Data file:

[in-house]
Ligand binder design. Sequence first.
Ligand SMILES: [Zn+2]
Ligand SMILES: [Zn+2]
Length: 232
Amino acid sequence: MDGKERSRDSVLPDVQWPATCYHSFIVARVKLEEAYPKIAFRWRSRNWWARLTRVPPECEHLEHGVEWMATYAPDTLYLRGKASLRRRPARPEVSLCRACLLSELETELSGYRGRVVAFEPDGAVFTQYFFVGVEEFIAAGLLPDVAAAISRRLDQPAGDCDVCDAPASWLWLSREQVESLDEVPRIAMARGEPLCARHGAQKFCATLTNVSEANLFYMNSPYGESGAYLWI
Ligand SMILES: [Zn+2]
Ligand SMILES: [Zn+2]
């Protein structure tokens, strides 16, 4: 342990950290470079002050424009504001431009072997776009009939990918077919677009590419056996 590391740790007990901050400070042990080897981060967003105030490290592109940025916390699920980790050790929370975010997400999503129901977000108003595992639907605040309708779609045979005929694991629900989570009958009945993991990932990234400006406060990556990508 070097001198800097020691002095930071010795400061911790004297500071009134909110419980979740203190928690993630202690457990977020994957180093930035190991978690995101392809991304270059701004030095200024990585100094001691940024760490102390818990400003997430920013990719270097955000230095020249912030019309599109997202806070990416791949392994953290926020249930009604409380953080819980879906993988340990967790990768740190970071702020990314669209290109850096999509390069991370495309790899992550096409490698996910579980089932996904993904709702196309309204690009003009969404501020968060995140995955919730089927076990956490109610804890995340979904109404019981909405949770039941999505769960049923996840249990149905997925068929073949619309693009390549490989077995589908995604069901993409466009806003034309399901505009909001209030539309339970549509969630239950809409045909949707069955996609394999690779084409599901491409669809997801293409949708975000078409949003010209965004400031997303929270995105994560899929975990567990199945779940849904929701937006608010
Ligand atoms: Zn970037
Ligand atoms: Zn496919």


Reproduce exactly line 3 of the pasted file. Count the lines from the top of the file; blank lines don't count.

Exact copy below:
Ligand SMILES: [Zn+2]